Watch: NASA’s New Solar Panels Roll Out Like A Carpet

Posted: Jun 20 2017, 7:23pm CDT | by , Updated: Jun 20 2017, 7:33pm CDT, in News | Latest Science News

 
Watch: NASA’s New Solar Panels Roll out Like a Carpet
Credit: NASA

NASA tests new flexible and lightweight solar array design in space for the first time

NASA has successfully tested its new solar panels that are small and flexible and roll themselves out like a carpet. The new solar panel, named Roll-Out Solar Array or ROSA, has a potential to replace hard and rigid solar panels currently used in space.

Traditional solar panels that power satellites are fairly massive and hard with no flexibility and they also weigh a lot. Whereas, new solar panels that roll up to form a compact cylinder has significantly less mass and volume and they could potentially offer cost savings without compromising on performance.

On June 18, the new solar panel was successfully deployed from the end of the Canadarm2 robotic arm outside the International Space Station.

ROSA has been tested on Earth year ago but it was the first time the technology was tested in space. The aim was to see the effects of microgravity and extreme temperatures of space on these new solar panels. It is also important to determine whether it can withstand maneuvers of spacecraft.

“When the array is attached to a satellite, that spacecraft will need to maneuver, which creates torque and causes the wing, or blanket, to vibrate,” explains principal investigator Jeremy Banik. “We need to know precisely when and how it vibrates so as not to lose control of the spacecraft. The only way to test that is in space.”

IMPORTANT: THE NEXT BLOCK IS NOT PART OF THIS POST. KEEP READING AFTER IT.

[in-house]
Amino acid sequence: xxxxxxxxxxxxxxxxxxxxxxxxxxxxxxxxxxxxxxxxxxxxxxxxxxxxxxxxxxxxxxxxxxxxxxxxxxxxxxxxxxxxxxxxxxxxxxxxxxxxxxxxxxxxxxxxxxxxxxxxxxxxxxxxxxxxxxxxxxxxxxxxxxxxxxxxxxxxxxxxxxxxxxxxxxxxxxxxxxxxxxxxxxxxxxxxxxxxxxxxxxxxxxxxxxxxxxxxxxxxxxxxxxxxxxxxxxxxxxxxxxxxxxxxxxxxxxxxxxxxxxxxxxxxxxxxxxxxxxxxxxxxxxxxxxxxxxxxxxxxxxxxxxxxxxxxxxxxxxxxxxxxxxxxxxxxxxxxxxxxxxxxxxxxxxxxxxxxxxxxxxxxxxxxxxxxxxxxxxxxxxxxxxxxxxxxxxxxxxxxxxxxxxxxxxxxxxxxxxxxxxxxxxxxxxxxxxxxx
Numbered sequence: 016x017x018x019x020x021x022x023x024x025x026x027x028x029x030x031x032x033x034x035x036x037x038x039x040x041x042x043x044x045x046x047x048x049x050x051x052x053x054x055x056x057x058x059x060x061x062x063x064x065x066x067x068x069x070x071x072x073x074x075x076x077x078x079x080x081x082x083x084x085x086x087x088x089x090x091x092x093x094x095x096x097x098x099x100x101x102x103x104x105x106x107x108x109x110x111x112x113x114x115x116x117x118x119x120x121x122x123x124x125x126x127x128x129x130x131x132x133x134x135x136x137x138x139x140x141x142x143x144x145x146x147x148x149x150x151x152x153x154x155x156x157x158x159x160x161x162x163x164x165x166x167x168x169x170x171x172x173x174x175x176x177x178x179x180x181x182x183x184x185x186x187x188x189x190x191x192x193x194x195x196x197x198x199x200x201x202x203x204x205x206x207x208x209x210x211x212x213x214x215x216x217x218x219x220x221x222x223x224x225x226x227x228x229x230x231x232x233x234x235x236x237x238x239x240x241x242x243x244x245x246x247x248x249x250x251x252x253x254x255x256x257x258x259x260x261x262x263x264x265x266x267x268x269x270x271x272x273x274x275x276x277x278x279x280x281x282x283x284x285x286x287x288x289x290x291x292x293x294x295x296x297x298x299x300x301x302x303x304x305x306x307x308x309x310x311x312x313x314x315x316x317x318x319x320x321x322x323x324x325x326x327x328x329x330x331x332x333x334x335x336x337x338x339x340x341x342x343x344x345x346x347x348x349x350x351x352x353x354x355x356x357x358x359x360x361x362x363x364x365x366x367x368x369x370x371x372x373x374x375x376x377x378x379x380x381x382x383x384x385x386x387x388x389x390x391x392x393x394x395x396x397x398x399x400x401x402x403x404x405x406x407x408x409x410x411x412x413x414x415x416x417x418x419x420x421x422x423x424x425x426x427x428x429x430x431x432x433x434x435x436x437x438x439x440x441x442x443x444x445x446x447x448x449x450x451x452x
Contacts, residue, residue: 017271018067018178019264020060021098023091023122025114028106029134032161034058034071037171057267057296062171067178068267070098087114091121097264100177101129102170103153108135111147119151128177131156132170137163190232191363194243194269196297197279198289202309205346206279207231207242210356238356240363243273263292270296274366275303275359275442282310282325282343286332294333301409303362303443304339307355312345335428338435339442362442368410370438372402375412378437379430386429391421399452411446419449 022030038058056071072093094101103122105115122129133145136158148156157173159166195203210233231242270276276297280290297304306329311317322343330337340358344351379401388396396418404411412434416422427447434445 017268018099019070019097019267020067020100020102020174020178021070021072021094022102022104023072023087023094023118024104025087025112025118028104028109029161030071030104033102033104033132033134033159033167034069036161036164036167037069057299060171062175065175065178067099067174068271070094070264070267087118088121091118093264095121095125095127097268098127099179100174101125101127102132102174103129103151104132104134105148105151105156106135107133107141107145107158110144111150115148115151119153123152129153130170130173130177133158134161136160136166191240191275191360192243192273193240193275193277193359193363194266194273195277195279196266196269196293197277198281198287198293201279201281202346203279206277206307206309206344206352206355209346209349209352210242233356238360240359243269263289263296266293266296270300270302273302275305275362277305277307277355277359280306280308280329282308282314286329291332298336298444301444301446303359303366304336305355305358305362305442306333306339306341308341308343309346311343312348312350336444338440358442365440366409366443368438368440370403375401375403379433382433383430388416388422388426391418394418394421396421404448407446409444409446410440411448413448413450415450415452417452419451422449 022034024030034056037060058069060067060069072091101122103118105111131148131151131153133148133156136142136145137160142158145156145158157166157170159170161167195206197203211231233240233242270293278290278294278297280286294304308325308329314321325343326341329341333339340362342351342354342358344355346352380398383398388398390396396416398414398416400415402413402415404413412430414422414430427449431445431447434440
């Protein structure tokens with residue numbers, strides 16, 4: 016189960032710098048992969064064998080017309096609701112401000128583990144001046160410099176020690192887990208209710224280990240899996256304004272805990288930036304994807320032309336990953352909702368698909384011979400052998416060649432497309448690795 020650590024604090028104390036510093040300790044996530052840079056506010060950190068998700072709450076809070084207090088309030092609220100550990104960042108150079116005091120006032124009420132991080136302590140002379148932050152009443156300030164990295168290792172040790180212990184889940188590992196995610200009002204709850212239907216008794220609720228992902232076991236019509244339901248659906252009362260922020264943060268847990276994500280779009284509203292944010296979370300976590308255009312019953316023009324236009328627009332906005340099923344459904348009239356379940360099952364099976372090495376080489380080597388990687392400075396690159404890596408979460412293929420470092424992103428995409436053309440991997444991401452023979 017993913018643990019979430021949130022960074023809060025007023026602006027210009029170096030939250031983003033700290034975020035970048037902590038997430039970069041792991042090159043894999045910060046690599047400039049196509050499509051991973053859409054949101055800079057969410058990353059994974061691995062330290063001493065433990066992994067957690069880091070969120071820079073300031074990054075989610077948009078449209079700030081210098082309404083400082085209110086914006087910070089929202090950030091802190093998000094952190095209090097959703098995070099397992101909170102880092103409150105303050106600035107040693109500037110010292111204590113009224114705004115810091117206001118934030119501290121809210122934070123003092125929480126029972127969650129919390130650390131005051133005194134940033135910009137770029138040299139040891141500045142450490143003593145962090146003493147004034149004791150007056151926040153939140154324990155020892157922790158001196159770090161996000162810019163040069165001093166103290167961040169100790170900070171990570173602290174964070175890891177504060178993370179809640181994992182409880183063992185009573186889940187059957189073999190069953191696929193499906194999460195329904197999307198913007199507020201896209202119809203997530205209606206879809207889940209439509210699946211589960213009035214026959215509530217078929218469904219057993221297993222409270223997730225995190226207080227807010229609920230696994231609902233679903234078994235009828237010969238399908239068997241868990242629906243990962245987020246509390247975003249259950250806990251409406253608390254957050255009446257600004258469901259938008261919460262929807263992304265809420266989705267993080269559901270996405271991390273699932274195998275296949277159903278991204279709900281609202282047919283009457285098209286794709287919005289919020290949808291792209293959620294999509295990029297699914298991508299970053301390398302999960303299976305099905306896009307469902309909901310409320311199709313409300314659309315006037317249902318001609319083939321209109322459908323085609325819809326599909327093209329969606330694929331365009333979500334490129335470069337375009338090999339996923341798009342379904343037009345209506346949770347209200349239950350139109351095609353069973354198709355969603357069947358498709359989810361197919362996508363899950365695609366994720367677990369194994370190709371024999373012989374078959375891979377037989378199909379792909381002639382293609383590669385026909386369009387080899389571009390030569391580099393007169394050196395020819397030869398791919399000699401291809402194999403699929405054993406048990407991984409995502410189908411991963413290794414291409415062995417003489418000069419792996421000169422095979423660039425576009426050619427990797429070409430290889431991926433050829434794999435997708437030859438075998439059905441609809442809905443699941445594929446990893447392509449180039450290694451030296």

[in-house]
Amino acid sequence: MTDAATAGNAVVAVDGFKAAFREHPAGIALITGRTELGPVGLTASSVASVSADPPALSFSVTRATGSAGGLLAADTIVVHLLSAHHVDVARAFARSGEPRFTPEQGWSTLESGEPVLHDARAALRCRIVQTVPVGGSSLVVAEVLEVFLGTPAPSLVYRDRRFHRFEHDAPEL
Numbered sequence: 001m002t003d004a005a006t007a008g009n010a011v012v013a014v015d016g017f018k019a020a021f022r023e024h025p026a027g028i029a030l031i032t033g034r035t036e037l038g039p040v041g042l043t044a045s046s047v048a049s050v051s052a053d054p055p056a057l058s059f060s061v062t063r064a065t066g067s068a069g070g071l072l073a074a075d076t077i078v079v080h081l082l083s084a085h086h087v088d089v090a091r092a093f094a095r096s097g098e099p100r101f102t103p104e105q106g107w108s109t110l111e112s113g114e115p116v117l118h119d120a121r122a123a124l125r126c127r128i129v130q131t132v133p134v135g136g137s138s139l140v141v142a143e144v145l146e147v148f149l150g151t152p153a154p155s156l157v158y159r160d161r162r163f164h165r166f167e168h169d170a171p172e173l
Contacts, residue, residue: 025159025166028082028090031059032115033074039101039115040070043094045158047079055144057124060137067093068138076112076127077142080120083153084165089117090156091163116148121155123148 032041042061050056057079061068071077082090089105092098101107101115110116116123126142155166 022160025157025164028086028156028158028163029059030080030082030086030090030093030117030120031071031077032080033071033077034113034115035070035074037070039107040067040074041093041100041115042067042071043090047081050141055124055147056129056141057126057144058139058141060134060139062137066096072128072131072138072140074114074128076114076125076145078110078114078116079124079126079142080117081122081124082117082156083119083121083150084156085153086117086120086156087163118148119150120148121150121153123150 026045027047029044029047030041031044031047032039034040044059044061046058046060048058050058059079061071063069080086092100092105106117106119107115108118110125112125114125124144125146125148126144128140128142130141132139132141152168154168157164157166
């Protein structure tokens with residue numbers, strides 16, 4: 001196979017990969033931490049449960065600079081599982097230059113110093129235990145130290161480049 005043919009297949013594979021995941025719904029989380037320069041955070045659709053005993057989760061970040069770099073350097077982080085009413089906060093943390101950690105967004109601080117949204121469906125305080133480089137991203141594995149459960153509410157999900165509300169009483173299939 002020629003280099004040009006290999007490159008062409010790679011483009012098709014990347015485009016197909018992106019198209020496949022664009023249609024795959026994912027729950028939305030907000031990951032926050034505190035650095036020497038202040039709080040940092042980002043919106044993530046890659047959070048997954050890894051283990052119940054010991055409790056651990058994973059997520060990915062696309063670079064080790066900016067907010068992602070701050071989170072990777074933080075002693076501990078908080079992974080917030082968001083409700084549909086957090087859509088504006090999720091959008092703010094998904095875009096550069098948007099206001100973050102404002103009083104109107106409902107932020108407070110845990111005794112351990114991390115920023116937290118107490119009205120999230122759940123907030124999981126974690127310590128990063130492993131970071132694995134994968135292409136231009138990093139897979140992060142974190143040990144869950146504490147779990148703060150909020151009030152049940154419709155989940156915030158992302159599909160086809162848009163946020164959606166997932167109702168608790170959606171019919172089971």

ROSA is developed to power large spacecraft using highly-efficient electric propulsion on missions to deep space including Mars and the moon. However, these solar panels can be easily adapted to different sizes, which means they could provide power to a variety of future spacecraft

“When launching into space, mass and volume are everything, and ROSA is 20 percent lighter and four times smaller in volume than rigid panel arrays,” said Jeremy Banik. “You realize big cost savings from shaving off a little mass and volume, which makes it possible to raise bandwidth on a communications satellite and, for example, make GPS more accessible and reliable for everyone.”

As the sun becomes an increasingly popular source of cheap and clean energy, technology to make a better use of it is literally reaching new heights. NASA also uses solar panels for energy. Its new solar panel design consists of a center wing made of a flexible material. It contains photovoltaic cells that absorb sunlight and convert it into electricity. The wing is attached to a narrow arm, which provides it a support.

“This structure is very thin, only a few millimeters thick, and heats up very quickly, dozens of degrees in a few seconds,” said Banik. “That creates loads in the wing that could cause it to shudder. That would create problems, for example, if a satellite was trying to take a picture at the same time.”

The payload will remain deployed for seven days before being drawn back to SpaceX Dragon cargo vehicle.

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Hira Bashir covers daily affairs around the world.

 

 

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